- 1 Who dropped bombs in Laos?
- 2 Are there still unexploded bombs in Laos?
- 3 Are there still mines in Laos?
- 4 Why did we bomb Laos?
- 5 Who won the secret war in Laos?
- 6 Why is Laos so poor?
- 7 Is Laos safe?
- 8 Is Laos still communist?
- 9 How many undetonated bombs are there in Laos?
- 10 How many mines are still in Vietnam?
- 11 How many bombs did we drop on Vietnam?
- 12 What is the national animal of Laos?
- 13 Why did we bomb Cambodia?
Who dropped bombs in Laos?
The officially neutral country became a battleground in the Cold War between the United States and Soviet Union, with American bombers dropping over two million tons of cluster bombs over Laos—more than all the bombs dropped during WWII combined.
Are there still unexploded bombs in Laos?
Now, some 80 million unexploded bombs and air-dropped cluster munitions left over continue to maim and kill Laotian men, women and children. They were dropped in their millions on Laos. Thousands of children have been killed or severely wounded by them, and Thor says they are “everywhere”.
Are there still mines in Laos?
Unexploded ordnance (UXO) are explosive weapons (bombs, bullets, shells, grenades, land mines, naval mines, etc.) About one third of Laos remains contaminated with UXO left behind from the Vietnam War, including about 80 million cluster munitions.
Why did we bomb Laos?
The bombings were part of the U.S. Secret War in Laos to support the Royal Lao Government against the Pathet Lao and to interdict traffic along the Ho Chi Minh Trail. The bombings destroyed many villages and displaced hundreds of thousands of Lao civilians during the nine-year period.
Who won the secret war in Laos?
The North Vietnamese and Pathet Lao eventually emerged victorious in 1975, as part of the general communist victory in all of former French Indochina that year. A total of up to 300,000 people from Laos fled to neighboring Thailand following the Pathet Lao takeover.
Why is Laos so poor?
According to the Asian Development Bank’s latest data from 2015, 23.2 percent of Laotians live below the poverty line, the second-highest poverty rate in Southeast Asia. Like many of its Southeast Asian neighbors, European colonial rule and a disturbing lack of freedom makes Laos poor.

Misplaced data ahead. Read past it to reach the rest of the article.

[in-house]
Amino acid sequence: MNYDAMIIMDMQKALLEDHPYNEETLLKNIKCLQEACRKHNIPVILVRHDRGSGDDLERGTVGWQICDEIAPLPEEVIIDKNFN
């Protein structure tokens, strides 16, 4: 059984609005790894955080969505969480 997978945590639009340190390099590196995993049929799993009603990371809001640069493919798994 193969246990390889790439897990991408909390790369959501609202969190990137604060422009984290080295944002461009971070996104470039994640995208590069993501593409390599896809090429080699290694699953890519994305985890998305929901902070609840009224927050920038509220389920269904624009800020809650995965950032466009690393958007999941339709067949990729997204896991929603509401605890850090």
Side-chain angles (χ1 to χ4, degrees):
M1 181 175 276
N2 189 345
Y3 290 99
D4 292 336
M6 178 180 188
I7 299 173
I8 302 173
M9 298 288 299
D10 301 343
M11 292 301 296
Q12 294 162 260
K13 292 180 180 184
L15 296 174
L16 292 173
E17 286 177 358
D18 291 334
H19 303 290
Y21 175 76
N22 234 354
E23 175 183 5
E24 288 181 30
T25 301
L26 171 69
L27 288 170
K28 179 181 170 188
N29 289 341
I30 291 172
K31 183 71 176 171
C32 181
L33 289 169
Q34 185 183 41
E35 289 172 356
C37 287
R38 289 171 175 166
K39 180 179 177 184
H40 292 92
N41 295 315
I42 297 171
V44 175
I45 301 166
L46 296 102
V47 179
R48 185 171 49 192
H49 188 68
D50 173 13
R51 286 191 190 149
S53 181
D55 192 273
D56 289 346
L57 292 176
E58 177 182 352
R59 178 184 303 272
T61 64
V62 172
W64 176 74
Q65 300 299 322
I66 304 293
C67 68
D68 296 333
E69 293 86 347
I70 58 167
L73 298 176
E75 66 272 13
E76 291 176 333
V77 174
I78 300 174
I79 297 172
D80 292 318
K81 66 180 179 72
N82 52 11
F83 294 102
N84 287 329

Is Laos safe?
Crime and safety. Laos is a relatively safe country for travellers, although certain areas remain off-limits because of unexploded ordnance left over from decades of warfare. As a visitor, however, you’re an obvious target for thieves (who may include your fellow travellers), so do take necessary precautions.
Is Laos still communist?
The Lao People’s Democratic Republic is one of the world’s only socialist states openly endorsing communism. The only legal political party is the Lao People’s Revolutionary Party (LPRP). As of 22 March 2021 the head of state is President Thongloun Sisoulith.
How many undetonated bombs are there in Laos?
Some 288 million cluster munitions and about 75 million unexploded bombs were left across Laos after the war ended. From 1996 to 2009, more than 1 million items of UXO were destroyed, freeing up 23,000 hectares of land.
How many mines are still in Vietnam?
It is estimated that more than 3 million land mines /UXO/cluster munitions remain buried in Vietnam. Since 1975, over 40,000 Vietnamese have died from these deadly remnants of war, and over 60,000 have been injured.
How many bombs did we drop on Vietnam?
Between 1965 and 1975, the United States and its allies dropped more than 7.5 million tons of bombs on Vietnam, Laos, and Cambodia—double the amount dropped on Europe and Asia during World War II. Pound for pound, it remains the largest aerial bombardment in human history.
What is the national animal of Laos?
The elephant is considered a national animal in Laos for a very long time.
Why did we bomb Cambodia?
In March 1969, President Richard Nixon authorized secret bombing raids in Cambodia, a move that escalated opposition to the Vietnam War in Ohio and across the United States. He hoped that bombing supply routes in Cambodia would weaken the United States’ enemies. The bombing of Cambodia lasted until August 1973.